MISSOULA, Mont. — The Rocky Mountain Elk Foundation and its partners awarded Minnesota $212,975 in grant funding to enhance wildlife habitat and support various hunting heritage and outdoors-related projects. RMEF directly granted $62,175 and leveraged an additional $150,800 in partner dollars.
“A portion of this funding directly targeted 500 acres in northern Minnesota to improve habitat for elk, deer, moose, bears and other wildlife,” said Blake Henning, RMEF chief conservation officer. “The grants also support organizations and events designed to expose more adults and children to hunting, shooting, conservation and the outdoors.”
Minnesota is home to 19 RMEF chapters and more than 7,400 members.
“This funding is only available to go back on the ground in Minnesota because of the time and talents of our volunteers. We salute and thank them for helping advance our mission,” said Kyle Weaver, RMEF president and CEO. “
Since 1990, RMEF and its partners completed 212 conservation and hunting heritage outreach projects in Minnesota with a combined value of more than $4.6 million. These projects protected or enhanced 78,654 acres of habitat and opened or improved public access to 943 acres.
Below is a list of Minnesota’s 2019 projects, shown by county.
- Shear 375 acres of over-mature brush on the Grygla, Moose River and Wapiti Wildlife Management Areas (WMA) to trigger early successional new growth of forage to benefit elk and other wildlife. Additionally, crews will install 10 miles of firebreak (also benefits Marshall County).
- Provide funding for the Bemidji High School Junior Reserve Officers’ Training Corp (JROTC) air rifle program that offers leadership and shooting skills as well as promoting ROTC in the community.
- Manage 75 acres of forage plots on the Grygla and Wapiti WMAs to benefit the Grygla elk herd and alleviate depredation pressure on private land (also benefits Beltrami County).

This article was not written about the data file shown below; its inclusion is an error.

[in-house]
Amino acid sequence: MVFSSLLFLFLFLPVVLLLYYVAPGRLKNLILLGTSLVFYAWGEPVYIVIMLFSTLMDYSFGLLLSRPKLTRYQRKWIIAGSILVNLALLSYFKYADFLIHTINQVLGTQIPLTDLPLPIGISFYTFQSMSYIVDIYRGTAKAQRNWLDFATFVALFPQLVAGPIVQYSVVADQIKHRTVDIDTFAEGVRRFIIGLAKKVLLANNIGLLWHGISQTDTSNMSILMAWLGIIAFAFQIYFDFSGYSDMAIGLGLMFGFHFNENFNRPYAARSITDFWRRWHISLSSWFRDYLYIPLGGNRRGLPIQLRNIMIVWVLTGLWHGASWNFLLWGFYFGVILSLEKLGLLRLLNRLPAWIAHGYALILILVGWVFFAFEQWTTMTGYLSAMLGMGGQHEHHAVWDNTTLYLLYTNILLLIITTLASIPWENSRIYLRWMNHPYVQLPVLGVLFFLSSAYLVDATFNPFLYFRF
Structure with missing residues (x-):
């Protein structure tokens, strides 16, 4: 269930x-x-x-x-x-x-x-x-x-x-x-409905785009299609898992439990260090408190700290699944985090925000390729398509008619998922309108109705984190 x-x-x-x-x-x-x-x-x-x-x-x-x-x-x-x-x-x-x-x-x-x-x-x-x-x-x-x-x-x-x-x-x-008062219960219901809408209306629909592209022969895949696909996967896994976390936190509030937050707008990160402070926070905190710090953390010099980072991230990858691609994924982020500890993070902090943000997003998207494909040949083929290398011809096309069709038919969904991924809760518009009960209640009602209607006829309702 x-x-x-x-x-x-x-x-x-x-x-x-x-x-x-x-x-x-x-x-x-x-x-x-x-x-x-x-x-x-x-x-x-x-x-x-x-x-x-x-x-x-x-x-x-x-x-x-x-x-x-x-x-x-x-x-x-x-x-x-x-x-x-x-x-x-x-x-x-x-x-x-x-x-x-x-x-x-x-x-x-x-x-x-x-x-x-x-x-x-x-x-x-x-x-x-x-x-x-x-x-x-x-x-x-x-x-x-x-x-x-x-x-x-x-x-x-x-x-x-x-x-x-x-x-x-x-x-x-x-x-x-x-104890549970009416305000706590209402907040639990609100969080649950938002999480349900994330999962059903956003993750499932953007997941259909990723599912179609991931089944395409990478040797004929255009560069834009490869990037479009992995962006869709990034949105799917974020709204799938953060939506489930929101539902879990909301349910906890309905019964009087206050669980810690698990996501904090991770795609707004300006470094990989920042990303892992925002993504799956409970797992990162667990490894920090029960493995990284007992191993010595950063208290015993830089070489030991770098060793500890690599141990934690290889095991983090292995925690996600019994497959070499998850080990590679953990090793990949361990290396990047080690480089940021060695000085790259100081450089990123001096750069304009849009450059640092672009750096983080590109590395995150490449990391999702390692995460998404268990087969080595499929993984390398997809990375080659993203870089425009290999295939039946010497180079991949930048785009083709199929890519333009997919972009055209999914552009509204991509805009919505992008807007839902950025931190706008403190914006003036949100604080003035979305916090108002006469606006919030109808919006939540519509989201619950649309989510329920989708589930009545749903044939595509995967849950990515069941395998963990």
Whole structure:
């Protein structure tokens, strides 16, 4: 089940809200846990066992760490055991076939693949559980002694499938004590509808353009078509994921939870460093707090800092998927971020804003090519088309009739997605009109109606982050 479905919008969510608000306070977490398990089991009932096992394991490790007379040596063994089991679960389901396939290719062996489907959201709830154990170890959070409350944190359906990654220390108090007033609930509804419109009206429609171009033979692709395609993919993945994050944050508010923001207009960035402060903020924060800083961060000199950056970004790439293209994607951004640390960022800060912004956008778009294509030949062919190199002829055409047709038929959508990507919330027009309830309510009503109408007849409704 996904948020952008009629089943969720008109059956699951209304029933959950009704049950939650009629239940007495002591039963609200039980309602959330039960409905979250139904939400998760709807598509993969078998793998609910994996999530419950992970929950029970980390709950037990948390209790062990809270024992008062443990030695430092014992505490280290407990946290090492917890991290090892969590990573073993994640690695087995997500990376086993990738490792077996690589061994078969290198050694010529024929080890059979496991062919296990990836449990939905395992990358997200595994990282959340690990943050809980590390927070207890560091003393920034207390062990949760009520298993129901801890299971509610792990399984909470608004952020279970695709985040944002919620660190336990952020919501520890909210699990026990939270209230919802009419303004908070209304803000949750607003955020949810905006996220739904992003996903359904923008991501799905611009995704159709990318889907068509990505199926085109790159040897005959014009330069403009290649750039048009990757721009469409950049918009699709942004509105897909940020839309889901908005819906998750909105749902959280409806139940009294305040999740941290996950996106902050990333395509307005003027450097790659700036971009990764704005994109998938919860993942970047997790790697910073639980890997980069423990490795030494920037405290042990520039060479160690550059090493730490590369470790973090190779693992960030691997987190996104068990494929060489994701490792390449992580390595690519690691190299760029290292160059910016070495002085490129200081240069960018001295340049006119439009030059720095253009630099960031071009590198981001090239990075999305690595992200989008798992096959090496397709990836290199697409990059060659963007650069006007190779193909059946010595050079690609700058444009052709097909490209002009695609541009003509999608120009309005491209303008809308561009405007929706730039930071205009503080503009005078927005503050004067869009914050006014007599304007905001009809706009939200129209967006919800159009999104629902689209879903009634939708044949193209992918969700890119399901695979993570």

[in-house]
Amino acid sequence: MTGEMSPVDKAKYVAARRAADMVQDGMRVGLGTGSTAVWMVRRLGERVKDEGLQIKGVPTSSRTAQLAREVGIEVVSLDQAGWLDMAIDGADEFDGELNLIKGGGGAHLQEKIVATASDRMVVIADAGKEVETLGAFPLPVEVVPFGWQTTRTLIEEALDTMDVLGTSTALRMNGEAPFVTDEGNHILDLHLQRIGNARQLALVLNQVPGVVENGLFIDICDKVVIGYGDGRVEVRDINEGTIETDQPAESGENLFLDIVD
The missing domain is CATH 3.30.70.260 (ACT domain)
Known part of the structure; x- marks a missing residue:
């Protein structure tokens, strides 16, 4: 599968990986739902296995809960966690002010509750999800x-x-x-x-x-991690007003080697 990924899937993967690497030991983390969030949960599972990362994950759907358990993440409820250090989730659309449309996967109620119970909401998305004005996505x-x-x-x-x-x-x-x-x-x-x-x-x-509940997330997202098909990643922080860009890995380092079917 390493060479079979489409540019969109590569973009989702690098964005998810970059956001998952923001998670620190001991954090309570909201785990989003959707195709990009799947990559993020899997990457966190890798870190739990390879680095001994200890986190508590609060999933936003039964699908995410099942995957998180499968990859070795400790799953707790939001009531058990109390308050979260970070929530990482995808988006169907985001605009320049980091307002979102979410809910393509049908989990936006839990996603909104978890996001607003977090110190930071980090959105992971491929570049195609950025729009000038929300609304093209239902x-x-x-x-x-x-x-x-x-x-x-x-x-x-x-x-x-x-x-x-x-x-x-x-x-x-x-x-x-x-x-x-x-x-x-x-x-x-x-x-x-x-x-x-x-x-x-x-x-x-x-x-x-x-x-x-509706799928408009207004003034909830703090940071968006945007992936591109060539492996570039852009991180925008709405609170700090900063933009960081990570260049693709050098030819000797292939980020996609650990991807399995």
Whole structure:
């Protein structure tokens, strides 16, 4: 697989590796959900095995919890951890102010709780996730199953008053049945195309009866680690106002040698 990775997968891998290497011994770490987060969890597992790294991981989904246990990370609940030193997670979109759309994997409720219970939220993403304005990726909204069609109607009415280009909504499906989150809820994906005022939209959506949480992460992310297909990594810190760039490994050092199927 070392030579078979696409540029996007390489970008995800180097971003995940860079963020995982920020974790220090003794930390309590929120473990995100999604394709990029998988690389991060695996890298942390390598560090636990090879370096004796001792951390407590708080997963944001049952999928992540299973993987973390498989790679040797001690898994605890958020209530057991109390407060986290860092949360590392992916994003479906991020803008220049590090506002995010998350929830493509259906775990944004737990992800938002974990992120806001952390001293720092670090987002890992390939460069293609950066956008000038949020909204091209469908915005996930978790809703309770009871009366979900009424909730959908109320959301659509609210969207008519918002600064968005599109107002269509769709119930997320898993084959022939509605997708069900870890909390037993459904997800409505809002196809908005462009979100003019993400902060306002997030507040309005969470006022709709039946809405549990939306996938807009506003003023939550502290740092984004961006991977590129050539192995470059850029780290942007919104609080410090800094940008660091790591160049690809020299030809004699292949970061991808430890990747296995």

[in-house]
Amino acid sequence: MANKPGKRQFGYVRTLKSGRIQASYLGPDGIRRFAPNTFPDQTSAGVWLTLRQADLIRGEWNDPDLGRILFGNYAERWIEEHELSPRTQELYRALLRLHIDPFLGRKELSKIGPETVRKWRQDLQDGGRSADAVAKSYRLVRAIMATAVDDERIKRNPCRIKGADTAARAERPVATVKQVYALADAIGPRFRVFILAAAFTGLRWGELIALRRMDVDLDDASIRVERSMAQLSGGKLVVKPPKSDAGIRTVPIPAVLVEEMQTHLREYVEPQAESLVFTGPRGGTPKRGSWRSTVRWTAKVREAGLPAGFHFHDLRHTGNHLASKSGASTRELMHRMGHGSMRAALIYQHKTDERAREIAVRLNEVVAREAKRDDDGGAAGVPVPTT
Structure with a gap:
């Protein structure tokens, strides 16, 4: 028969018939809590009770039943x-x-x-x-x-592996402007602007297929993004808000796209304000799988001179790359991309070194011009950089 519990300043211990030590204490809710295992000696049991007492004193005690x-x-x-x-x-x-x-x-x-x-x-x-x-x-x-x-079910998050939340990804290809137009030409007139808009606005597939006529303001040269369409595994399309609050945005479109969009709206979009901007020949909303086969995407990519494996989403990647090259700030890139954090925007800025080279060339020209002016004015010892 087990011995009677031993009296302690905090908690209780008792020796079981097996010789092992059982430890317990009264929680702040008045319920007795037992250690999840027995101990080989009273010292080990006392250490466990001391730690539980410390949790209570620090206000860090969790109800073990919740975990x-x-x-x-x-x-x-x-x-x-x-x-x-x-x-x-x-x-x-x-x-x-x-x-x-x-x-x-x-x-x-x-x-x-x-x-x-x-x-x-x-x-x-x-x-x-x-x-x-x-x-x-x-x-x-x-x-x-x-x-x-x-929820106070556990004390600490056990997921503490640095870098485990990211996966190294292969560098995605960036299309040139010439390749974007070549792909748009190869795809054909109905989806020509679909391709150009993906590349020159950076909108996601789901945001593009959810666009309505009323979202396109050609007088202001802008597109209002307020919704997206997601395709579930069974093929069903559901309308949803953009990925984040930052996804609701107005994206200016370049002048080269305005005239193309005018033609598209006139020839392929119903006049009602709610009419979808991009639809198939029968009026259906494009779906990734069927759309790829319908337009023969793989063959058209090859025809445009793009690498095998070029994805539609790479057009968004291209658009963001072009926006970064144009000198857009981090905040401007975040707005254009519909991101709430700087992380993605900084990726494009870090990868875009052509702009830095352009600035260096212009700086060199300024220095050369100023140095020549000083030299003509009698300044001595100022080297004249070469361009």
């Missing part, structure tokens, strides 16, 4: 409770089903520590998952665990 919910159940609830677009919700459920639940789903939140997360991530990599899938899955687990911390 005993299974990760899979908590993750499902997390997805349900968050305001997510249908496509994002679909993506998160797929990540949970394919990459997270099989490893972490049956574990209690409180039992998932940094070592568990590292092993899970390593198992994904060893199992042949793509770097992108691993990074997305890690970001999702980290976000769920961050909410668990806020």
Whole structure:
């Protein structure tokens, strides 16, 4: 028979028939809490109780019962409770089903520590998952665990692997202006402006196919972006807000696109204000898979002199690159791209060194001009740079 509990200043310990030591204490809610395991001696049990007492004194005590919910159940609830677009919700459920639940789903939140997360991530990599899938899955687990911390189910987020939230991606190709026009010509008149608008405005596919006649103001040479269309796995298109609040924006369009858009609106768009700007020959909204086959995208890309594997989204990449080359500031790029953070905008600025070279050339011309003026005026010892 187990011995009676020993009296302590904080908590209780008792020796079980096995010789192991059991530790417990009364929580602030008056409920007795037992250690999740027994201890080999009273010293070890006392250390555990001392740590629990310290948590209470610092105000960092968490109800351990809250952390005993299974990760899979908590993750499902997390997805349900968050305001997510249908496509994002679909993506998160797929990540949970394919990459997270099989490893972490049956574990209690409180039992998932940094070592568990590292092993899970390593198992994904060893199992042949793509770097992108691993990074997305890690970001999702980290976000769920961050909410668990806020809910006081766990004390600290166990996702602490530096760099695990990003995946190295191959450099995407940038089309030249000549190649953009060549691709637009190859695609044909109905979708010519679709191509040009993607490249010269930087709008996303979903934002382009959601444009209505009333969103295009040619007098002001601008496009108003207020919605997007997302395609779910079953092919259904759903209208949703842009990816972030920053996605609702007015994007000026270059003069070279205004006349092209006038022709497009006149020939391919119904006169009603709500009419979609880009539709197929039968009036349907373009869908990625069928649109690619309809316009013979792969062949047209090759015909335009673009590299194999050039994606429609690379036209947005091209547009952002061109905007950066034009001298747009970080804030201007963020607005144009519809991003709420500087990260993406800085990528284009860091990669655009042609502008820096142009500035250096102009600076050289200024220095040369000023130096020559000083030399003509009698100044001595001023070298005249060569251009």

- Aggressively treat common buckthorn, a non-native, invasive shrub, in the Thief Lake and Karlstad areas.
- Maintain 50 acres of high quality forage plots on the Karlstad WMA to draw elk away from agricultural crops and benefit other wildlife.
- Refurbish two stock ponds, fill 3.5 miles of ditches negatively affecting wetlands hydrology and convert four miles of fence to wildlife-friendly fencing on state-managed wildlife lands within the Tallgrass Aspen Parkland.
- Provided funding to upgrade the Marshall Area Public Archery Range, a free-to-the-public facility that benefits beginner and expert archers alike.
- Provided funding for the Big Lake Sportsman’s Club’s 2020 Youth Clay Pigeon Shoot, an annual event for youth ages 11-16 from across central Minnesota to take part in fishing, wildlife conservation and shooting activities.
- Provided funding to support the Minnesota Youth Outdoor Day at the Nicollet Conservation Club. Activities included archery, shooting, fishing, canoeing and kayaking, among others (also benefits Brown, Le Sueur and Sibley Counties).
- Provided funding in support of the Minnesota Horse and Hunt Club’s Youth Hunting Camps for boys and girls ages 12 to 16 years old. Participants from Minnesota and several surrounding states learn about archery, firearms, conservation and bird dogs.
- Provided funding in support of the Minnesota Governor’s Deer Hunting Opener, an event designed to celebrate, promote and educate the public about hunting and its ties to conservation.
- Provided funding for the Becoming an Outdoors Woman program that features shooting instruction and a learn-to-hunt pheasants workshop for women and family members.
- Provided funding for the 4-H Outdoor Wilderness Leadership and Service Program that hosts adventure-based outdoors events designed for youth in grades 6-11.
- Provided funding to cover costs of the Minnesota Outdoor Heritage Sportsmen’s Legislative Caucus printed materials that educate legislators about key natural resource management and outdoor recreation issues important to the hunting and fishing community
- Provided funding for the Minnesota State High School Clay Target League’s 2020 Championship, a co-ed activity for students in grades 6-12.
Minnesota project partners include the Minnesota Department of Natural Resources, Minnesota Deer Hunters Association, private individuals, businesses and various conservation, sportsmen and civic organizations.
About the Rocky Mountain Elk Foundation:
Founded more than 35 years ago, fueled by hunters and a membership of nearly 235,000 strong, RMEF has conserved more than 7.9 million acres for elk and other wildlife. RMEF also works to open and improve public access, fund and advocate for science-based resource management, and ensure the future of America’s hunting heritage. Discover why “Hunting Is Conservation™” at rmef.org or 800-CALL ELK.